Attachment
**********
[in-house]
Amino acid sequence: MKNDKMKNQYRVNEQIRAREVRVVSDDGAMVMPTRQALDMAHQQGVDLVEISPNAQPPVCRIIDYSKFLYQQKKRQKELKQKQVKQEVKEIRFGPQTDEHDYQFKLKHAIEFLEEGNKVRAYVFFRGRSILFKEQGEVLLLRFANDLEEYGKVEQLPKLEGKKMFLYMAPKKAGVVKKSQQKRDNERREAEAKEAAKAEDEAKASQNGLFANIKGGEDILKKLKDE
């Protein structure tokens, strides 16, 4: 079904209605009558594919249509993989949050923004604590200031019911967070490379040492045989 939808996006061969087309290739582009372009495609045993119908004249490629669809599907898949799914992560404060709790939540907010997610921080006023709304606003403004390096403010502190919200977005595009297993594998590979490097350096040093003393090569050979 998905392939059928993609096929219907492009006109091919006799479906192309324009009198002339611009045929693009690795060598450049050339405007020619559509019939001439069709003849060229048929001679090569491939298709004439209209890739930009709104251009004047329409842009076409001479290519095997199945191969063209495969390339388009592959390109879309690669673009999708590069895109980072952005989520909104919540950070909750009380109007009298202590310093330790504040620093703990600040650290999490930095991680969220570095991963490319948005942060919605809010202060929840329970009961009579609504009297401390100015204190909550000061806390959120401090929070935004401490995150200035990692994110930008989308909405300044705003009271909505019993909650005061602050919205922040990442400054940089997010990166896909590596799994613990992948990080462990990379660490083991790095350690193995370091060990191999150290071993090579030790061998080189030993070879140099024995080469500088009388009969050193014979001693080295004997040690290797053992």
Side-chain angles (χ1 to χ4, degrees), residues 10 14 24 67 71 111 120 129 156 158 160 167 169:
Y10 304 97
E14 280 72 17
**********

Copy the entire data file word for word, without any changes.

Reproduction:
[in-house]
Amino acid sequence: MKNDKMKNQYRVNEQIRAREVRVVSDDGAMVMPTRQALDMAHQQGVDLVEISPNAQPPVCRIIDYSKFLYQQKKRQKELKQKQVKQEVKEIRFGPQTDEHDYQFKLKHAIEFLEEGNKVRAYVFFRGRSILFKEQGEVLLLRFANDLEEYGKVEQLPKLEGKKMFLYMAPKKAGVVKKSQQKRDNERREAEAKEAAKAEDEAKASQNGLFANIKGGEDILKKLKDE
């Protein structure tokens, strides 16, 4: 079904209605009558594919249509993989949050923004604590200031019911967070490379040492045989 939808996006061969087309290739582009372009495609045993119908004249490629669809599907898949799914992560404060709790939540907010997610921080006023709304606003403004390096403010502190919200977005595009297993594998590979490097350096040093003393090569050979 998905392939059928993609096929219907492009006109091919006799479906192309324009009198002339611009045929693009690795060598450049050339405007020619559509019939001439069709003849060229048929001679090569491939298709004439209209890739930009709104251009004047329409842009076409001479290519095997199945191969063209495969390339388009592959390109879309690669673009999708590069895109980072952005989520909104919540950070909750009380109007009298202590310093330790504040620093703990600040650290999490930095991680969220570095991963490319948005942060919605809010202060929840329970009961009579609504009297401390100015204190909550000061806390959120401090929070935004401490995150200035990692994110930008989308909405300044705003009271909505019993909650005061602050919205922040990442400054940089997010990166896909590596799994613990992948990080462990990379660490083991790095350690193995370091060990191999150290071993090579030790061998080189030993070879140099024995080469500088009388009969050193014979001693080295004997040690290797053992």
Side-chain angles (χ1 to χ4, degrees), residues 10 14 24 67 71 111 120 129 156 158 160 167 169:
Y10 304 97
E14 280 72 17